The most affordable places to live in the UK

Ten years after the global financial crisis, its impact is still being felt in parts of the UK where house prices have declined or only slightly increased since 2008.

Combined with wage growth across the UK, it’s now relatively easy to get on the property ladder in these cheaper areas. But in other parts of the country – particularly in London and the South East where house prices have risen dramatically since 2008 – property remains out of reach.

The affordability of property is closely linked to your earnings: your max mortgage with most lenders will be around 4 to 5x your salary, and they will also “stress test” your finances to ensure you can still keep up repayments if your mortgage’s interest rate goes up.

Now we’ll take a look at the most affordable places to live across the UK. We’ll analyse how house prices and wages have recovered (or not) across the UK, which areas are unaffordable for most people, which regions have become more affordable – and what this all means for you and getting a mortgage.

House prices in UK cities

The Hometrack City Index shows us what has happened to house prices in all major UK cities. There are large differences across the UK which makes buying a home more or less affordable depending on where you live and work (or where you _want _to live and work).

Overall, at the end of August 2018, annual house price inflation in the 20 major UK cities was running at 3.9%, ranging from a 7.5% increase in Liverpool to a 3.7% drop in Aberdeen.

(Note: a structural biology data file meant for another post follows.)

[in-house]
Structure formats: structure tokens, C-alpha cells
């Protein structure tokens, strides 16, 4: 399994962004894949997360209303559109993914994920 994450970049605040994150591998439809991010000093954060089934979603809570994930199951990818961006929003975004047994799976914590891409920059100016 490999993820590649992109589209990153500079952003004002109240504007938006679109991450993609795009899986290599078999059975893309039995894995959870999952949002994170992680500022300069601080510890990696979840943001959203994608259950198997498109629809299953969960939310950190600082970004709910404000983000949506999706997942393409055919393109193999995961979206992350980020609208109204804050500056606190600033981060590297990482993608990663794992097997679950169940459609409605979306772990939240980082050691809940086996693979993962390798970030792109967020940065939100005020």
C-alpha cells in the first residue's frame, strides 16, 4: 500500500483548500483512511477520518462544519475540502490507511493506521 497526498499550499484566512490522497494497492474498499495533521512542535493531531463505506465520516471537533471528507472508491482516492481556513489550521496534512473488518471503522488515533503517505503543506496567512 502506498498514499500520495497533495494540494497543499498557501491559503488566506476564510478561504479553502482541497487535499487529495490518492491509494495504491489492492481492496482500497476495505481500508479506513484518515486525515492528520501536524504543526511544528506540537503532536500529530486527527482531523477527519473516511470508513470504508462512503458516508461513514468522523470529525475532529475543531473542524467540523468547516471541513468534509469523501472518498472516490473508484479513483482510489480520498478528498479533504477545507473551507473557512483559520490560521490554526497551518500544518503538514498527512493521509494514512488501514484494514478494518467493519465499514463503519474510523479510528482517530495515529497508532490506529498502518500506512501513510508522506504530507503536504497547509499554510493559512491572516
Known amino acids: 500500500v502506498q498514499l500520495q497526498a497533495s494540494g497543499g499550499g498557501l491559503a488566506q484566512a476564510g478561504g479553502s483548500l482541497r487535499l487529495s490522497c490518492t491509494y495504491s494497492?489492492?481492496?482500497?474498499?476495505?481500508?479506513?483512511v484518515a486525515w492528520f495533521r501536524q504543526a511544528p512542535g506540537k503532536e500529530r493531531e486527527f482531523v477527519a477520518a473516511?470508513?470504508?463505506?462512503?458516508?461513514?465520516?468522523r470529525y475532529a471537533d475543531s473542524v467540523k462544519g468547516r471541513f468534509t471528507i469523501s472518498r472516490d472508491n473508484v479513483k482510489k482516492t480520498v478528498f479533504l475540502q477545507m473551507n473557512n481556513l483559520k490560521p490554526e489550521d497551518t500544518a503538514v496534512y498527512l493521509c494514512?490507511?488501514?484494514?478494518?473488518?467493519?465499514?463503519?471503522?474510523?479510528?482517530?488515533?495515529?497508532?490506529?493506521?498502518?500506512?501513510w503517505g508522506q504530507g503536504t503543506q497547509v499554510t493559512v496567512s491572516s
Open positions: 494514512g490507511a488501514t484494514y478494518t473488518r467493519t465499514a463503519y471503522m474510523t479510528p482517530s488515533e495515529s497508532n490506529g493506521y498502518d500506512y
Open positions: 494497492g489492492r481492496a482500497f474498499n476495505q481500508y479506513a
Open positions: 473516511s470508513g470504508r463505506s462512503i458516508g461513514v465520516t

Aberdeen is one of only three cities showing a drop. Prices have fallen for each of the last three years, illustrating the impact local economic shocks can have. Aberdeen is reliant on the oil industry which was severely hit at the end of 2014 when the price of a barrel of oil was halved.

The other two cities where house prices have fallen in the last year are Cambridge, down by 0.1% and London by 0.3%. Both previously saw some of the biggest price increases of the last 10 years and have the biggest income-to-house-price ratios in the UK.

The overall increase in the Hometrack City Index is fuelled by big increases in historically cheaper cities, such as Liverpool, Glasgow, Manchester and Leicester which are now becoming less affordable.

However, the average house price in Liverpool at £120,100 is still 4% below 2007 levels. Similarly, recent increases in Glasgow have only lifted prices to £124,400, where they were in 2007. Prices in Newcastle are also 2% below 2007 levels.

House prices in UK regions